China's Cinemas Expected to Reopen in June, Beijing Official Says

Getty Images
A Wanda cinema in China

Movie theaters in China, the world's second-biggest film market, have been closed since late January, weeks before they shut down in North America. Lost box office revenue is estimated to already total $4.2 billion, Chinese government officials say.

The head of China's Film Bureau has offered a glimmer of hope for the country's battered movie business.

A press conference was held in central Beijing Wednesday to announce that on April 30 China's capital city will be lowering its state of emergency from the highest level. The announcement was made by Bei Chen, deputy secretary general of the Beijing municipal government.

Chen added that museums and indoor entertainment venues — including movie theaters — are expected to get the official green light to reopen in early June, following the conclusion of China's National People's Congress in May. The statement represents the first official hint of how and when China's vast network of 70,000 movie screens — the most of any country in the world — could be rebooted.

The Beijing central government revealed earlier on Wednesday that the People's Congress, the country's biggest annual political meeting, would take place in May following a two-month delay. The announcement was widely interpreted as Beijing's clearest signal yet that it believes the novel coronavirus outbreak to be firmly under control within the country's borders.

Movie theaters across the Middle Kingdom have been closed since late January, when the coronavirus epidemic became a national — and soon, global — emergency.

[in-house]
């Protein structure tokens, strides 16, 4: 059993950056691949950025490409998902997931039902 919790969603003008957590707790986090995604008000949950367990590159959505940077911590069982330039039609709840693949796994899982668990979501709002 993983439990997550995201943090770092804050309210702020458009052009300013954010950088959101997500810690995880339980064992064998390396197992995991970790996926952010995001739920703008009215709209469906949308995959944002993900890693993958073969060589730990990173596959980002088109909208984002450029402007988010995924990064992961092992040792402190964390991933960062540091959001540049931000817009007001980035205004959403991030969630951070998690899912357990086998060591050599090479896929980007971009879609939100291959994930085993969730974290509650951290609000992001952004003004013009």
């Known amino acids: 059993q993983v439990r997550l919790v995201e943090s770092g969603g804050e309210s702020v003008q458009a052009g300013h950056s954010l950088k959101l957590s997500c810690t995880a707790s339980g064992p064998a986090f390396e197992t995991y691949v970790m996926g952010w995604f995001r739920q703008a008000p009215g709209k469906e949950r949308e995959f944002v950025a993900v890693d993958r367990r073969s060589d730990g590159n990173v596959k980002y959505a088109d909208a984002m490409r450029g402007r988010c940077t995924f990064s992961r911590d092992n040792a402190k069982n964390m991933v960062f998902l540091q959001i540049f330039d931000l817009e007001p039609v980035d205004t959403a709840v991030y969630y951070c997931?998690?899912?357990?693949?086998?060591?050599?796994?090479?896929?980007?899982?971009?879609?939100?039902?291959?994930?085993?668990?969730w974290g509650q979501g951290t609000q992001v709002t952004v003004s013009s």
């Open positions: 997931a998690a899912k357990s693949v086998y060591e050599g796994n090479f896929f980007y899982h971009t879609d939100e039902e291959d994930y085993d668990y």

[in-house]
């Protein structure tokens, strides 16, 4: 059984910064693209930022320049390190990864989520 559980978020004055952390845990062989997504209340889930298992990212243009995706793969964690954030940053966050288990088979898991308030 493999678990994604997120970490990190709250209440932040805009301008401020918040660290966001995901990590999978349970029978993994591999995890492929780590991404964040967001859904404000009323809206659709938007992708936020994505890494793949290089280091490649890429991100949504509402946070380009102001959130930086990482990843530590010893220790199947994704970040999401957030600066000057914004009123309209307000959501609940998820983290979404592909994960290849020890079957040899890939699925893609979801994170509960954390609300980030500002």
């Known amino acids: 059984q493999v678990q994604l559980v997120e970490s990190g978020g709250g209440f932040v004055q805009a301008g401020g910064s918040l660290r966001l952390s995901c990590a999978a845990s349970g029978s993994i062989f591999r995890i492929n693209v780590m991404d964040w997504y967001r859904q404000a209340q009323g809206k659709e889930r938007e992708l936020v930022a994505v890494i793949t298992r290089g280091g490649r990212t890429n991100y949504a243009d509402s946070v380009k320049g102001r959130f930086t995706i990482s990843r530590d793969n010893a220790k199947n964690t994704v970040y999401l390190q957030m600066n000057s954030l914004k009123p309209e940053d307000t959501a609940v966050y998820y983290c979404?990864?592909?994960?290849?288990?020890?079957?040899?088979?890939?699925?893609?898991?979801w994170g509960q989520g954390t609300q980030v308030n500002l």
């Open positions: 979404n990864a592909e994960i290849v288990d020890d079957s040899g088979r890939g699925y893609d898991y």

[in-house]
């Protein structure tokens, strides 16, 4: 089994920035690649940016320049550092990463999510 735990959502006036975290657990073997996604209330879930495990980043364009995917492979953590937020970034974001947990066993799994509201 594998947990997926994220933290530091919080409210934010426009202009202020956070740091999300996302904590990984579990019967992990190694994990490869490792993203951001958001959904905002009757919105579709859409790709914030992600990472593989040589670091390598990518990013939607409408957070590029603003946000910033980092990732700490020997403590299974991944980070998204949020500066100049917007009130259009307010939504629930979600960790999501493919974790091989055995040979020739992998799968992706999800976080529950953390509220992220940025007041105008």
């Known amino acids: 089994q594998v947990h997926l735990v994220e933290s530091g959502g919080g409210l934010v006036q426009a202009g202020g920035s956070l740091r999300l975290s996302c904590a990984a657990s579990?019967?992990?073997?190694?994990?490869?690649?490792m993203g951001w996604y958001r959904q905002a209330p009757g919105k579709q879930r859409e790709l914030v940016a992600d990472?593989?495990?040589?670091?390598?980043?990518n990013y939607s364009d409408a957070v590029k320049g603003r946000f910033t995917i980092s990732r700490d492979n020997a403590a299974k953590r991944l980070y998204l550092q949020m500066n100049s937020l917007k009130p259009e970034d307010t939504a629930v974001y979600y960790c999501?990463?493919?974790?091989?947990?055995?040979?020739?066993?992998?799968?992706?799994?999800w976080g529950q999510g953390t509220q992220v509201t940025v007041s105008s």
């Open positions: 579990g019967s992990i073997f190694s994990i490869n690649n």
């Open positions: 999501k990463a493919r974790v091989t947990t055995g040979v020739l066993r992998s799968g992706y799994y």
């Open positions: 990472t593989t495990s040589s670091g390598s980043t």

Wang Xiaohui, chief of China's Film Bureau and deputy director of the Communist Party's propaganda department, said Wednesday that the total suspension of the theatrical film business is estimated to have resulted in RMB 30 billion ($4.2 billion) in lost ticket revenue. 

Wang added that the government would "offer a series of support policies for the film industry" and that "each regional film bureau will introduce their own support policies as well." No details were mentioned on what the support mechanisms would entail.

Scores of film companies large and small already have gone bankrupt. A state-run news source said earlier this month that more than 5,000 Chinese film and TV companies had canceled or revoked their business registrations this year already — nearly twice the total for the entirety of 2019.

Wang offered one other piece of good news for exhibitors, saying that the government will "control theatrical film windowing from now on," which suggests that regulators may introduce rules preventing films produced for the big screen from jumping to streaming services early — or whenever producers deem it financially advantageous.

Early in China's theater shutdown, growing studio Huanxi Media inked a rich deal to release its comedy tentpole Lost in Russia over TikTok owner ByteDance's video platforms instead of waiting for theaters to reopen. The partnership, which involved a nearly $100 million payout to Huanxi, won praise in the industry for its speed and audacity but also sparked outrange from the owners and operators of China's largest theater chains.